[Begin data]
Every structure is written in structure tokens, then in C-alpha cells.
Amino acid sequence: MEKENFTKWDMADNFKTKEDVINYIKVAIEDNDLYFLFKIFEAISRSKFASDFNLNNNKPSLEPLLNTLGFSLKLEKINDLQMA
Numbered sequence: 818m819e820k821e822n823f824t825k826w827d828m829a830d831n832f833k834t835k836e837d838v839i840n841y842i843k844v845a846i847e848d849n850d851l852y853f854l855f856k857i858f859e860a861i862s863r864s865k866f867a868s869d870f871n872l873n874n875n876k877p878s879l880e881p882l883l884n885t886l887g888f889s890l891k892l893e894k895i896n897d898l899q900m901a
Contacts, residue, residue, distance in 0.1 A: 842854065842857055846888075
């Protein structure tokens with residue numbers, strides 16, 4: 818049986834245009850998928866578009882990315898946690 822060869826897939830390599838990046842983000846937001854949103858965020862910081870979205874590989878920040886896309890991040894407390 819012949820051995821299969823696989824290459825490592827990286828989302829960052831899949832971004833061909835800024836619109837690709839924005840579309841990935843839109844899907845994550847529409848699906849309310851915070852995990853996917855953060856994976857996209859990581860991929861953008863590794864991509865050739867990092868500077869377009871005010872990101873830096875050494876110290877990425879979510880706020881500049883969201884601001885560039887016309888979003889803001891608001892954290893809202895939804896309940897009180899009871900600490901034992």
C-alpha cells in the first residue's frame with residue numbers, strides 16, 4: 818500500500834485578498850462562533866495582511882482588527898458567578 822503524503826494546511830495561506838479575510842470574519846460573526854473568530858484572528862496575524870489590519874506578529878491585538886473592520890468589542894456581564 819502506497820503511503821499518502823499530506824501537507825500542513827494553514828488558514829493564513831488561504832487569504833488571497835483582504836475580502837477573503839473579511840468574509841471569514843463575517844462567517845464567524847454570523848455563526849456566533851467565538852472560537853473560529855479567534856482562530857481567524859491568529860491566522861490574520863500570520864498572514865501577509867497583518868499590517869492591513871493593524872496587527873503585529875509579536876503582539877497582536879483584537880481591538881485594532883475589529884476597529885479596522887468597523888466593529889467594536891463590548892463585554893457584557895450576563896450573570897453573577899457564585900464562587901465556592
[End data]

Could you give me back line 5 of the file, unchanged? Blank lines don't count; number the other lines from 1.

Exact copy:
């Protein structure tokens with residue numbers, strides 16, 4: 818049986834245009850998928866578009882990315898946690 822060869826897939830390599838990046842983000846937001854949103858965020862910081870979205874590989878920040886896309890991040894407390 819012949820051995821299969823696989824290459825490592827990286828989302829960052831899949832971004833061909835800024836619109837690709839924005840579309841990935843839109844899907845994550847529409848699906849309310851915070852995990853996917855953060856994976857996209859990581860991929861953008863590794864991509865050739867990092868500077869377009871005010872990101873830096875050494876110290877990425879979510880706020881500049883969201884601001885560039887016309888979003889803001891608001892954290893809202895939804896309940897009180899009871900600490901034992």